A Man Without a Vineyard

By Charles Lennox

Another season passes without fruit. So, to fulfill his promise, the father shouts to the heavens to rain down fire on the barren stone fruit trees in the garden. Or, let a tempest come and uproot every last one. They are only useful for throwing into the Atlantic, anyhow. The father calls down his curses, but, curiously, nothing burns. Everything in this little cul-de-sac of the world stays the course. Undeterred, the father has his eldest son, the boy with the weak throwing arm, gather up his brothers and assign them this task: pluck every leaf off of every stone fruit tree. And, as you pluck off each leaf, say, “Plum tree, this is for not bearing my father any plums. Cherry tree, this is for not bearing my father any cherries.”  Do this also with the nectarines and the peaches. The boy who acts like a crybaby needs help from the boy who some nights wets the bed, but by the time the sun is at its highest, they are finished. The father, justified, returns inside the house. But the boys remove their shoes and run circles on a garden floor lush with fresh green leaves, and the stone fruit trees, so naked and nameless, live on.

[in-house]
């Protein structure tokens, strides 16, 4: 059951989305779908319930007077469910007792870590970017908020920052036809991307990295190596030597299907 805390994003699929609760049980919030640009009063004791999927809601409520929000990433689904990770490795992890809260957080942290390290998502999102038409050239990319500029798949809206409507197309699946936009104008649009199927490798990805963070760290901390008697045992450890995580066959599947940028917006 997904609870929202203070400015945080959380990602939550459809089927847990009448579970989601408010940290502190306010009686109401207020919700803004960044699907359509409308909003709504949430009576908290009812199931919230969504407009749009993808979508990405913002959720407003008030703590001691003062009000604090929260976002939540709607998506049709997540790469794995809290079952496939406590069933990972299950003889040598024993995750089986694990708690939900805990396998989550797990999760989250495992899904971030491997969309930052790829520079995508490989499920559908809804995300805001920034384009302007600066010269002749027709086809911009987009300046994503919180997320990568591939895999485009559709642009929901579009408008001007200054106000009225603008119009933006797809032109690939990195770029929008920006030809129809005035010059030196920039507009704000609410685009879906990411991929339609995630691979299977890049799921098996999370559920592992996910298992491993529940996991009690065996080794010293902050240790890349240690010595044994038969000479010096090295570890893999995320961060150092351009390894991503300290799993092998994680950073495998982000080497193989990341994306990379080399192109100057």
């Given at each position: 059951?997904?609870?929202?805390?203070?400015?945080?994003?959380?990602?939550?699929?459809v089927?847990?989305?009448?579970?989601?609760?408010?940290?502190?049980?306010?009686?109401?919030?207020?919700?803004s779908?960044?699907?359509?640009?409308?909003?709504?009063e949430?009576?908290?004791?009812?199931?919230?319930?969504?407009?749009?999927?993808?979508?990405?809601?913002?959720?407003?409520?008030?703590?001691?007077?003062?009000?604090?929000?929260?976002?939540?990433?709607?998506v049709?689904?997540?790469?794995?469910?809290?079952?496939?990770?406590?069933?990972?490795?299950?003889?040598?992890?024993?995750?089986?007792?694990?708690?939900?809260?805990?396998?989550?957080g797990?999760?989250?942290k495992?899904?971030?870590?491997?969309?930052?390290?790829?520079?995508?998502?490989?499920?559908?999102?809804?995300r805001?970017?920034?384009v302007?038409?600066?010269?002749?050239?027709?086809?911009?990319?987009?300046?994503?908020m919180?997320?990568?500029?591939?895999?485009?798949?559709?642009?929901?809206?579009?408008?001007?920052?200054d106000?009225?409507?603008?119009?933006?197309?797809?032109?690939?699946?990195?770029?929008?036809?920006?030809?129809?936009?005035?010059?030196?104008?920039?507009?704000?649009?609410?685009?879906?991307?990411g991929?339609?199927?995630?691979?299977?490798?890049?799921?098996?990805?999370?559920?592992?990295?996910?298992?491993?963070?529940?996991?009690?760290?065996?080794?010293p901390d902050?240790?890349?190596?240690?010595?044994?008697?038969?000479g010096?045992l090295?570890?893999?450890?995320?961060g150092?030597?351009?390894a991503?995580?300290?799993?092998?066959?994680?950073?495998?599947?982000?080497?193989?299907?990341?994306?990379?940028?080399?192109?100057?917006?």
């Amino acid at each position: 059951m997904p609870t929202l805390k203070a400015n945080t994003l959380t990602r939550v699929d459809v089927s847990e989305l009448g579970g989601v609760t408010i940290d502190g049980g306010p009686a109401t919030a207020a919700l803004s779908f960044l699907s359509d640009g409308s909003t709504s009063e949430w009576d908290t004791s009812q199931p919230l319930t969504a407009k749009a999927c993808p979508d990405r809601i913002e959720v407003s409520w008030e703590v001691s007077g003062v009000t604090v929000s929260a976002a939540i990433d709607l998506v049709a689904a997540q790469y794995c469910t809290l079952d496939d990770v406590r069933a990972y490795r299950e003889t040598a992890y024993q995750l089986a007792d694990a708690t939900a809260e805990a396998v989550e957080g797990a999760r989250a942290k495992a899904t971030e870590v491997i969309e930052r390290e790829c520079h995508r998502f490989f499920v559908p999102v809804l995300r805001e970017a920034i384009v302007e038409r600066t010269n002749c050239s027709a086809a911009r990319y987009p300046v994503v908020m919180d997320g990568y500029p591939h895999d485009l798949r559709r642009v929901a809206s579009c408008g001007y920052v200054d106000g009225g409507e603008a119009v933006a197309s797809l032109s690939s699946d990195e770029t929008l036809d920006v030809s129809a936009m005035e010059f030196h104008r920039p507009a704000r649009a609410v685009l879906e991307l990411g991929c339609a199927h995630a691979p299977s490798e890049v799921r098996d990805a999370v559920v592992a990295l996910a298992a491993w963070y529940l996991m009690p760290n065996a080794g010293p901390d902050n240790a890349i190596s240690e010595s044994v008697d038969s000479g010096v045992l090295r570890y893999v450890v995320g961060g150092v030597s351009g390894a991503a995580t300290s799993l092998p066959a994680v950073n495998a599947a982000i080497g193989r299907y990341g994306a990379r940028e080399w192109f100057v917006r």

Charles Lennox lives and loves in Orange, CA.

Photo/Image by Lesley C. Weston

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